The EAC six partner states, it was revealed at the just ended 35th EAC Council of Ministers’ meeting here, have been directed to start issuing the new East African machine readable Electronic- Passports by January 31, 2018 after preparedness of each partner state was considered.

The council directives come on the backdrop of the 17th Ordinary Summit of the EAC Heads of State that directed the partner states to issue the new EA e-Passport by January 1, 2017 and execute the phase out programme for the current machine readable East African and National Passports between January 1, 2017 and December 31, 2018.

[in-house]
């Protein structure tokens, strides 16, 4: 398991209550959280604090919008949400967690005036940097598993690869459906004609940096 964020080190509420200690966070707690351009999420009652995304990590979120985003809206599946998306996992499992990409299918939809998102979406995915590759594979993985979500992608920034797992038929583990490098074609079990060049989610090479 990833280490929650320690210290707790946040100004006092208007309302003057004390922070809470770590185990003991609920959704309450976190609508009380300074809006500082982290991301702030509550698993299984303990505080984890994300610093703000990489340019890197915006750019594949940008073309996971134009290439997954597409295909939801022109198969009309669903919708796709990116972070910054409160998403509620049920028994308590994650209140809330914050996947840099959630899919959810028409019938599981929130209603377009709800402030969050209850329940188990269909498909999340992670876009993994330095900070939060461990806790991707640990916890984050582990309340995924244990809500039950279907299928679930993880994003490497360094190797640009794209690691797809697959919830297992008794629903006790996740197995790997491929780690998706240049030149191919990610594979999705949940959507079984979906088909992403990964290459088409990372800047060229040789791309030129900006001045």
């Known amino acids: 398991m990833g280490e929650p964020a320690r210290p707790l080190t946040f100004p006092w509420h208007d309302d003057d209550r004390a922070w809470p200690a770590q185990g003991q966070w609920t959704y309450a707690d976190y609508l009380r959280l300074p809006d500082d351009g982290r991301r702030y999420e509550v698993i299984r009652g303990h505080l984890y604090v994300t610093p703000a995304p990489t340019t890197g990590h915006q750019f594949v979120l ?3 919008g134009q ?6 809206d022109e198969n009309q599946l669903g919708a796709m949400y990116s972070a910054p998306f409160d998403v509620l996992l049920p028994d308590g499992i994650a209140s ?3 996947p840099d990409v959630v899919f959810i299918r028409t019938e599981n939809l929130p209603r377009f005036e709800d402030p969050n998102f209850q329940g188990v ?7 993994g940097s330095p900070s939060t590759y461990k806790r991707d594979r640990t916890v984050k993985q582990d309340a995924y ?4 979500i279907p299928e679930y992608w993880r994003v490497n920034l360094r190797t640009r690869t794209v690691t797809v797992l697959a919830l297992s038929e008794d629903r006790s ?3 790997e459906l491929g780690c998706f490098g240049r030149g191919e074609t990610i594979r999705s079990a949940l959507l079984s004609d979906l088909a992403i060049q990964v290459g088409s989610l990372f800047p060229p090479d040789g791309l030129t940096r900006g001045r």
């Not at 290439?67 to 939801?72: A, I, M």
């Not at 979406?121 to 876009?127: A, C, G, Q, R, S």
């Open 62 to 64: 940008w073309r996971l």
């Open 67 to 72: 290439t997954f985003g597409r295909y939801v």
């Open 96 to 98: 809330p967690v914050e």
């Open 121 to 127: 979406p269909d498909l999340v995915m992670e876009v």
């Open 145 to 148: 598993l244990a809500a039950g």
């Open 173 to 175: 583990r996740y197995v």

According to the 35th EAC Council of Ministers’ official report, Burundi reported that through the Public Private Partnership (PPP) arrangement, the country had completed the process of procuring the EA e-Passport booklets and was ready to issue the document by April 3, 2017.

 Kenya, Uganda and Rwanda reported to start issuing the New International EA e-passport not later than April 2017 while Tanzania will be ready to issue the East African e-Passport by January 1, 2018.

The e-Passport is expected to boost free movement of people across the East African region and facilitate implementation of the Common Market protocol, which guarantees the right to move between countries in East Africa.

The EAC e-Passport will have diplomatic, service and ordinary categories, different from the current machine readable passports issued by the partner states. It will be valid for up 10 years while the diplomatic passport and service passport will be valid according to the holder’s specific term of the service.